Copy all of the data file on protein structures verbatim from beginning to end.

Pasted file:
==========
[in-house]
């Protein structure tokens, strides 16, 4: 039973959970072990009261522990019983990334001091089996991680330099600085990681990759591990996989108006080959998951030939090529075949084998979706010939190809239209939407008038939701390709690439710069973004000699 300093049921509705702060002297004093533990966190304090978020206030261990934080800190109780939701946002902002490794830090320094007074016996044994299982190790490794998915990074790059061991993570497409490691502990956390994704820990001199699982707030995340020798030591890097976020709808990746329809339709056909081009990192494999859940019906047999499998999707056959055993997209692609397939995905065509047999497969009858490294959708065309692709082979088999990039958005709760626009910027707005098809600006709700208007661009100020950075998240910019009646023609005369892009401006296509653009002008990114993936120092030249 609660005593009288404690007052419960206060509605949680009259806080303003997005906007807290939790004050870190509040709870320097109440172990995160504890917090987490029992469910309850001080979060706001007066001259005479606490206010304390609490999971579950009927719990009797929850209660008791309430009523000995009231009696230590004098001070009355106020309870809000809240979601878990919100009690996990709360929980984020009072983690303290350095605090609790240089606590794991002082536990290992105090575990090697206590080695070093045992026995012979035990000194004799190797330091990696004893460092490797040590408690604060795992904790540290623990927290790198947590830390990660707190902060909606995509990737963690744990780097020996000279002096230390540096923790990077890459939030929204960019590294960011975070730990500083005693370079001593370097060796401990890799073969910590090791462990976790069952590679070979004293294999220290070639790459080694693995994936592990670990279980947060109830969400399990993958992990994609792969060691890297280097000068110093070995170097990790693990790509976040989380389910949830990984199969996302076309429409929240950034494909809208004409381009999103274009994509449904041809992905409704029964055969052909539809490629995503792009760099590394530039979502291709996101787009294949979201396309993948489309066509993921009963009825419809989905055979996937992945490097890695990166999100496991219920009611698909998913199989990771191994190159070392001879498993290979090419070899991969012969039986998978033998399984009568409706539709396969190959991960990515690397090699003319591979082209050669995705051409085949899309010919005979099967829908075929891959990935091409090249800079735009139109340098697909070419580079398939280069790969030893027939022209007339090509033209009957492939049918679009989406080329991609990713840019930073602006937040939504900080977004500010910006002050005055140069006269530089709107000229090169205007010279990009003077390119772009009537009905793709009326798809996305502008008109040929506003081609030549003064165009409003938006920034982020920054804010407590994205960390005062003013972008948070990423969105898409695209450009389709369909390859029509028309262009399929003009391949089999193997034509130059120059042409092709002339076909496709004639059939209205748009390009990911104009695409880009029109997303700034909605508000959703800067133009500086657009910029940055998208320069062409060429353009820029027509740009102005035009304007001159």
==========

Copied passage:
[in-house]
């Protein structure tokens, strides 16, 4: 039973959970072990009261522990019983990334001091089996991680330099600085990681990759591990996989108006080959998951030939090529075949084998979706010939190809239209939407008038939701390709690439710069973004000699 300093049921509705702060002297004093533990966190304090978020206030261990934080800190109780939701946002902002490794830090320094007074016996044994299982190790490794998915990074790059061991993570497409490691502990956390994704820990001199699982707030995340020798030591890097976020709808990746329809339709056909081009990192494999859940019906047999499998999707056959055993997209692609397939995905065509047999497969009858490294959708065309692709082979088999990039958005709760626009910027707005098809600006709700208007661009100020950075998240910019009646023609005369892009401006296509653009002008990114993936120092030249 609660005593009288404690007052419960206060509605949680009259806080303003997005906007807290939790004050870190509040709870320097109440172990995160504890917090987490029992469910309850001080979060706001007066001259005479606490206010304390609490999971579950009927719990009797929850209660008791309430009523000995009231009696230590004098001070009355106020309870809000809240979601878990919100009690996990709360929980984020009072983690303290350095605090609790240089606590794991002082536990290992105090575990090697206590080695070093045992026995012979035990000194004799190797330091990696004893460092490797040590408690604060795992904790540290623990927290790198947590830390990660707190902060909606995509990737963690744990780097020996000279002096230390540096923790990077890459939030929204960019590294960011975070730990500083005693370079001593370097060796401990890799073969910590090791462990976790069952590679070979004293294999220290070639790459080694693995994936592990670990279980947060109830969400399990993958992990994609792969060691890297280097000068110093070995170097990790693990790509976040989380389910949830990984199969996302076309429409929240950034494909809208004409381009999103274009994509449904041809992905409704029964055969052909539809490629995503792009760099590394530039979502291709996101787009294949979201396309993948489309066509993921009963009825419809989905055979996937992945490097890695990166999100496991219920009611698909998913199989990771191994190159070392001879498993290979090419070899991969012969039986998978033998399984009568409706539709396969190959991960990515690397090699003319591979082209050669995705051409085949899309010919005979099967829908075929891959990935091409090249800079735009139109340098697909070419580079398939280069790969030893027939022209007339090509033209009957492939049918679009989406080329991609990713840019930073602006937040939504900080977004500010910006002050005055140069006269530089709107000229090169205007010279990009003077390119772009009537009905793709009326798809996305502008008109040929506003081609030549003064165009409003938006920034982020920054804010407590994205960390005062003013972008948070990423969105898409695209450009389709369909390859029509028309262009399929003009391949089999193997034509130059120059042409092709002339076909496709004639059939209205748009390009990911104009695409880009029109997303700034909605508000959703800067133009500086657009910029940055998208320069062409060429353009820029027509740009102005035009304007001159």